Today, notable hydroelectric projects are found throughout South America, with one of the most essential dams located on the border between Paraguay and Brazil. These projects are vital in supplying half of their countries’ electricity needs, indicating promising growth prospects for hydroelectric energy in the short term.

Besides that, bioenergy is gaining traction in the South American energy landscape. The region is poised to emerge as a producer of hydrogen and environmentally friendly fuels at affordable prices.

For investors looking for these markets, it is worth highlighting the existence of government regulations involving the public and private sectors, as well as international cooperation agencies, which aim to promote social development in Mexico, Central America, and throughout South America.

ALSO REED: Understand why Data Center outsourcing can improve your company’s sustainability rates

ODATA: own wind farm supplies Data Centers in Brazil

Did you know that ODATA is investing in clean energy and already supplies its Data Centers in Brazil with energy self-production? At the beginning of 2022, the company signed an agreement with Serena, formerly Omega Energia, to obtain a stake in the Assuruá IV wind farm (212 MW) located in Xique Xique, Bahia.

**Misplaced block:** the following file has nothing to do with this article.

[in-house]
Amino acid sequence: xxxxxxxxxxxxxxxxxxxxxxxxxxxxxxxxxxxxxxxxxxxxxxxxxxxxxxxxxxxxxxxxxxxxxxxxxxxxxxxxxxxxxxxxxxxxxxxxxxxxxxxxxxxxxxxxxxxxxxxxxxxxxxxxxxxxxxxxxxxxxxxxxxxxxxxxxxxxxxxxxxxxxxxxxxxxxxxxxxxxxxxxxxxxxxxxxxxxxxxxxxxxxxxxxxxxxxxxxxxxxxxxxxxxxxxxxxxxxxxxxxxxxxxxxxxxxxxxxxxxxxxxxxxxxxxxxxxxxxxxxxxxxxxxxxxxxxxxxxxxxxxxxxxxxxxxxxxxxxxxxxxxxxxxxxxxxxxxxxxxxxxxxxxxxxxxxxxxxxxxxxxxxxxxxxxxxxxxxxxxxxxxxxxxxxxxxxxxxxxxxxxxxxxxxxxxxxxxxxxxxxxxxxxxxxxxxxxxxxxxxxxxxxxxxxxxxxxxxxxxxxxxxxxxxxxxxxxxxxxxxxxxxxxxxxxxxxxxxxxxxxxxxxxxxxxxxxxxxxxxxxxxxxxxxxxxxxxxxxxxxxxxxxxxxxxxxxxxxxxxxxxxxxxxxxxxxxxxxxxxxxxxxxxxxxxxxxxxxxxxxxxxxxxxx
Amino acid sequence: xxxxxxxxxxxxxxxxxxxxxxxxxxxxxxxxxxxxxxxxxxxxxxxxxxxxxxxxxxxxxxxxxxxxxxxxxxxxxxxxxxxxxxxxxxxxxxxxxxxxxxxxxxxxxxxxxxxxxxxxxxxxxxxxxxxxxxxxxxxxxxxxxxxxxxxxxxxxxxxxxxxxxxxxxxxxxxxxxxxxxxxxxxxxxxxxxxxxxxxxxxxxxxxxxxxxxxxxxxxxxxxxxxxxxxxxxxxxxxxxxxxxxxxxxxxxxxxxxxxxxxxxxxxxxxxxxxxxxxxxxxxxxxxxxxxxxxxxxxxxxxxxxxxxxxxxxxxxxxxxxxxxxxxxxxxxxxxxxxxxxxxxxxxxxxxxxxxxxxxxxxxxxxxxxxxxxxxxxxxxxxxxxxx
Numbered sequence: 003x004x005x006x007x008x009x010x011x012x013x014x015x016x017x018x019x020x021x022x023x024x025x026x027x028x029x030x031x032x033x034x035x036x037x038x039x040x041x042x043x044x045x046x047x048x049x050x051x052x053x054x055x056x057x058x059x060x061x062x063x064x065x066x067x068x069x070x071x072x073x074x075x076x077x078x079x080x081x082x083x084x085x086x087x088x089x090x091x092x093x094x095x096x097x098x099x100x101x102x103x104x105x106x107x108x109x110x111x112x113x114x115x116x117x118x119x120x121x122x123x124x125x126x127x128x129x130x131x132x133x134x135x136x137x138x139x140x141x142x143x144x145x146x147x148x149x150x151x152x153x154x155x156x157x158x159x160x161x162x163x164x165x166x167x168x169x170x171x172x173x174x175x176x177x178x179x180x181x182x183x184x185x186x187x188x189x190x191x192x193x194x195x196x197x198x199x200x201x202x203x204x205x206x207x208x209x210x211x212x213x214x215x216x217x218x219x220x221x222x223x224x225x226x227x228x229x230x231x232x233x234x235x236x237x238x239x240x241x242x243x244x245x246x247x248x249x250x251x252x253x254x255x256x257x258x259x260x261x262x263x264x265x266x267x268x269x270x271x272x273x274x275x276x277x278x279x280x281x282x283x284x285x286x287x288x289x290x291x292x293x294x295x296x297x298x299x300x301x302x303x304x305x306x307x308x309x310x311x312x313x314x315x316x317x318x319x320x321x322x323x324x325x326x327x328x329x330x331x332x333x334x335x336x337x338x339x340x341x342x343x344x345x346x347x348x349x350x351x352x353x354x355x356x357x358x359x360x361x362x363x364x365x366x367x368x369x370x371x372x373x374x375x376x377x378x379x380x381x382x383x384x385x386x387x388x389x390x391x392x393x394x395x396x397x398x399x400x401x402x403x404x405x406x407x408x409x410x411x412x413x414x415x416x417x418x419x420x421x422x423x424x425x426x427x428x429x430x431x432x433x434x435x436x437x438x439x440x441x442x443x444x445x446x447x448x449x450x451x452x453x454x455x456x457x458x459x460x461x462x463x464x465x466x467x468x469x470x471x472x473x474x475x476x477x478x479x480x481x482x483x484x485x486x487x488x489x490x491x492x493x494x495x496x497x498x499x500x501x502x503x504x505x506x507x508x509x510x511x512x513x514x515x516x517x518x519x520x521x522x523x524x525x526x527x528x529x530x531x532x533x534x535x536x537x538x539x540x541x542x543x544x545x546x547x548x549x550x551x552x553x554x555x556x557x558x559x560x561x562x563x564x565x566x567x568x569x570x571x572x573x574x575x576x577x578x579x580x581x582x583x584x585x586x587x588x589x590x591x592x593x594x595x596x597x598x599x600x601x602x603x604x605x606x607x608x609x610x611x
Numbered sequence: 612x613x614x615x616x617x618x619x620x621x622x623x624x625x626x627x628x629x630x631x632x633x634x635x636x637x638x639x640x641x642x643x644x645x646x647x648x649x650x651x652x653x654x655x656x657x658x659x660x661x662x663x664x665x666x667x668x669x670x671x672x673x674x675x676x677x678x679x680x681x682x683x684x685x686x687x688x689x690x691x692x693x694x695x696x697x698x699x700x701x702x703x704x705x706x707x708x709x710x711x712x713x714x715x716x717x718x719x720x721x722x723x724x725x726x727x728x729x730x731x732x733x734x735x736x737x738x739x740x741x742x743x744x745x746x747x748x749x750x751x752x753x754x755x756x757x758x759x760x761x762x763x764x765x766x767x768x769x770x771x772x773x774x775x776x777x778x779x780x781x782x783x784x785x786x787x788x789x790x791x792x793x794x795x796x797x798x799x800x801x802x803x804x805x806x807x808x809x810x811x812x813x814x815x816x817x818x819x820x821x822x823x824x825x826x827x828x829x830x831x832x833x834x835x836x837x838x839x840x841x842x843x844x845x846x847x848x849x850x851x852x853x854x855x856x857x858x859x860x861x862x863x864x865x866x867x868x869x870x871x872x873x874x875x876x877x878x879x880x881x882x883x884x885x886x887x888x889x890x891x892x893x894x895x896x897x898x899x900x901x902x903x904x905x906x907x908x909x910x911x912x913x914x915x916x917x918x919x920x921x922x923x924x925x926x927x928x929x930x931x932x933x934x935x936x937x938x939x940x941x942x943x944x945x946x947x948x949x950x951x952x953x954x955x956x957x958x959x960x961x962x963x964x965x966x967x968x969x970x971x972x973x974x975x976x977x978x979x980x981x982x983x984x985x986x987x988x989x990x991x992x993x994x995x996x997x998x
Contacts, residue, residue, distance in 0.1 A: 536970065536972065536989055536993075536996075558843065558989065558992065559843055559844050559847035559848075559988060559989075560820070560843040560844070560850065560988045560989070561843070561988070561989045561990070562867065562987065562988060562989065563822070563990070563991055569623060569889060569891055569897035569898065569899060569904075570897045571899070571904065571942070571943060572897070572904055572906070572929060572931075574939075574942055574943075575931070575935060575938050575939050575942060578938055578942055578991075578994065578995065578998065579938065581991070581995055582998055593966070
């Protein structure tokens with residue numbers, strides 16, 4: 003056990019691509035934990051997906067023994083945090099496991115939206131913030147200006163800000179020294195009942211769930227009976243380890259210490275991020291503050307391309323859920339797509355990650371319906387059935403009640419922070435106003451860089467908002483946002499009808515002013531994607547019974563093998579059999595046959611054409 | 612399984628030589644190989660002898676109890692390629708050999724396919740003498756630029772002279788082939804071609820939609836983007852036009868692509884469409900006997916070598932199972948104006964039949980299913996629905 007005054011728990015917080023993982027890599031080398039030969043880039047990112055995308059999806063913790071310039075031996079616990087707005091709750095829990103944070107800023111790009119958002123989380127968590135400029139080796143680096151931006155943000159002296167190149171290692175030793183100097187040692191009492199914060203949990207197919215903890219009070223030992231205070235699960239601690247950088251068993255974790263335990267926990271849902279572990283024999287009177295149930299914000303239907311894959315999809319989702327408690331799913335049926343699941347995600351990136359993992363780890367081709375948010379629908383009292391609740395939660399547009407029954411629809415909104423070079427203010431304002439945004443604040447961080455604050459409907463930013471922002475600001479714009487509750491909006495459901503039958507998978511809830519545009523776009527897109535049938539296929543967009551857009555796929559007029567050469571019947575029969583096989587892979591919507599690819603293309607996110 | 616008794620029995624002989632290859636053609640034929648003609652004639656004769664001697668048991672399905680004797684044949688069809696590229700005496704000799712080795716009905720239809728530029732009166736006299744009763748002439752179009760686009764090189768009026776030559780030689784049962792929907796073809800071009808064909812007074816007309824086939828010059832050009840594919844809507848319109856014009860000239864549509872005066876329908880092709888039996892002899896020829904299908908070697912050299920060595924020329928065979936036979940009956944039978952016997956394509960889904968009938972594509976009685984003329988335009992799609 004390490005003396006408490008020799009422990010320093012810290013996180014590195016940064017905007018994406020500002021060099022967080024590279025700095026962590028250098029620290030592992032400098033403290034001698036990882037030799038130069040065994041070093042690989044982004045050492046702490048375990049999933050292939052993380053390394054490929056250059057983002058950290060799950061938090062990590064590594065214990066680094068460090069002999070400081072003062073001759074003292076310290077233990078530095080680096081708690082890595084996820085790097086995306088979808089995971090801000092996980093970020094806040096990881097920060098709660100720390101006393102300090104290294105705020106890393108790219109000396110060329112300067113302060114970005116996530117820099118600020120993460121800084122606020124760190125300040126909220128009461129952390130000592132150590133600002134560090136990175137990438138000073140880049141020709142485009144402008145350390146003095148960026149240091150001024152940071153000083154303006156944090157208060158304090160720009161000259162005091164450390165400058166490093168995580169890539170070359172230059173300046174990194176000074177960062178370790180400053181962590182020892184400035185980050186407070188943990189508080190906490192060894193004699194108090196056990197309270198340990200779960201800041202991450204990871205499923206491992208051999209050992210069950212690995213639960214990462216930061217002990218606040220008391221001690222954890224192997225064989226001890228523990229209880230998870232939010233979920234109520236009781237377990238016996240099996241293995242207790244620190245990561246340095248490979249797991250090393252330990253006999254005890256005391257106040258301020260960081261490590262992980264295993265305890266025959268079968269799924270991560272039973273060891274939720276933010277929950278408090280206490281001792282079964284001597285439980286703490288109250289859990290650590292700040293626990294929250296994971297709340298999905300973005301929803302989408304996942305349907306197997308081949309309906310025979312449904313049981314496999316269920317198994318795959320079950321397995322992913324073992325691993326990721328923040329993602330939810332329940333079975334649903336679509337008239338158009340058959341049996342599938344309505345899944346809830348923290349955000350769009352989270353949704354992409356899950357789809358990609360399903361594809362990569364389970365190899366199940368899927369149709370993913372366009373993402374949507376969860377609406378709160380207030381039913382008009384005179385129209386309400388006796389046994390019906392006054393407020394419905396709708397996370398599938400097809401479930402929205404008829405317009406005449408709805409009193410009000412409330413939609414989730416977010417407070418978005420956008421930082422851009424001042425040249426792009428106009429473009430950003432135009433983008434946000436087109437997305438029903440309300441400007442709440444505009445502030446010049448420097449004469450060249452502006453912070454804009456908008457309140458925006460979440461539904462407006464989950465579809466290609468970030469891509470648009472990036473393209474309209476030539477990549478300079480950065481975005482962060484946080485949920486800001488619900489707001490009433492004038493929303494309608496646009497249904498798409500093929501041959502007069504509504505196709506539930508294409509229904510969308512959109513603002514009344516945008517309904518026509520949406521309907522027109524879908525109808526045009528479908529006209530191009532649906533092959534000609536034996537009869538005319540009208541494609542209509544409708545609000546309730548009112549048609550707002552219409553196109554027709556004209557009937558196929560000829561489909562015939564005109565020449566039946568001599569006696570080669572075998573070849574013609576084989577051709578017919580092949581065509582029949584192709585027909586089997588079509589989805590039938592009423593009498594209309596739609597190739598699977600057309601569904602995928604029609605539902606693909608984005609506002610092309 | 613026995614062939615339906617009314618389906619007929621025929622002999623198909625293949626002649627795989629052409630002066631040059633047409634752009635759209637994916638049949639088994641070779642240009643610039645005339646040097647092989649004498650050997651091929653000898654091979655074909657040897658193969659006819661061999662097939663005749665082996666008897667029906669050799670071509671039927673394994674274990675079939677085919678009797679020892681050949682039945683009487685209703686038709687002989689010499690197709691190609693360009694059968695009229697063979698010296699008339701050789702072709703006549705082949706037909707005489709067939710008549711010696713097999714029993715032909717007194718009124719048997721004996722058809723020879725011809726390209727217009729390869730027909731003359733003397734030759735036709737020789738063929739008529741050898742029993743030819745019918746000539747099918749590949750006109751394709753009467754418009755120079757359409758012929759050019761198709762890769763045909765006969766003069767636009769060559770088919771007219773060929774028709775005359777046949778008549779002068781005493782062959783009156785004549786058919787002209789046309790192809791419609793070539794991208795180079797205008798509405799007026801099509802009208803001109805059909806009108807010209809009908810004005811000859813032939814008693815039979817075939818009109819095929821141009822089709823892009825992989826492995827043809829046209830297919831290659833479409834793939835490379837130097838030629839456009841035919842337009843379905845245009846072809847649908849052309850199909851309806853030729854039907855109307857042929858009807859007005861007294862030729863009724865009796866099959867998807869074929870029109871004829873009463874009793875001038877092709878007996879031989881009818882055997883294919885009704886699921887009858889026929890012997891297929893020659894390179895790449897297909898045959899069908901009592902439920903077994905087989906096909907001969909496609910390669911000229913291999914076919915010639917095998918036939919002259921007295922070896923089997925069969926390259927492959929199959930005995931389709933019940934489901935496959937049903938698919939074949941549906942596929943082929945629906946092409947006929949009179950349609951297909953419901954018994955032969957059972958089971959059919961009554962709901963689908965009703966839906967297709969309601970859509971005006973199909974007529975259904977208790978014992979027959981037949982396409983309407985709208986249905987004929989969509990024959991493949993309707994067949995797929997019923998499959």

This step positioned ODATA as the first provider of hyperscale data center services in Latin America to generate energy on-site for all of its campuses’ needs, putting into practice its purpose of improving the region’s infrastructure and maintaining the highest sustainability standards. Since November 2023, all energy used by ODATA units in Brazil has been acquired internally.

Knowing where the energy in your Data Centers comes from is vital when considering the impact of the structures. With the increase in data consumption and digital technologies, which require more energy to operate, the industry must prioritize adopting environmentally friendly technologies. Cost reduction and the transition to cleaner energy sources are essential to achieve this goal.

As part of its commitment to ESG practices, ODATA is proud to be self-sufficient in energy production for its Brazilian Data Centers today.

Want to know more about the benefits of self-producing clean energy?

Get in touch with ODATA specialists

Exclusive E-BOOKS

to help you learn more about the world of colocation.


ODATA uses cookies to improve your experience, in accordance with our Privacy Policy and by continuing browsing , you agree to these conditions.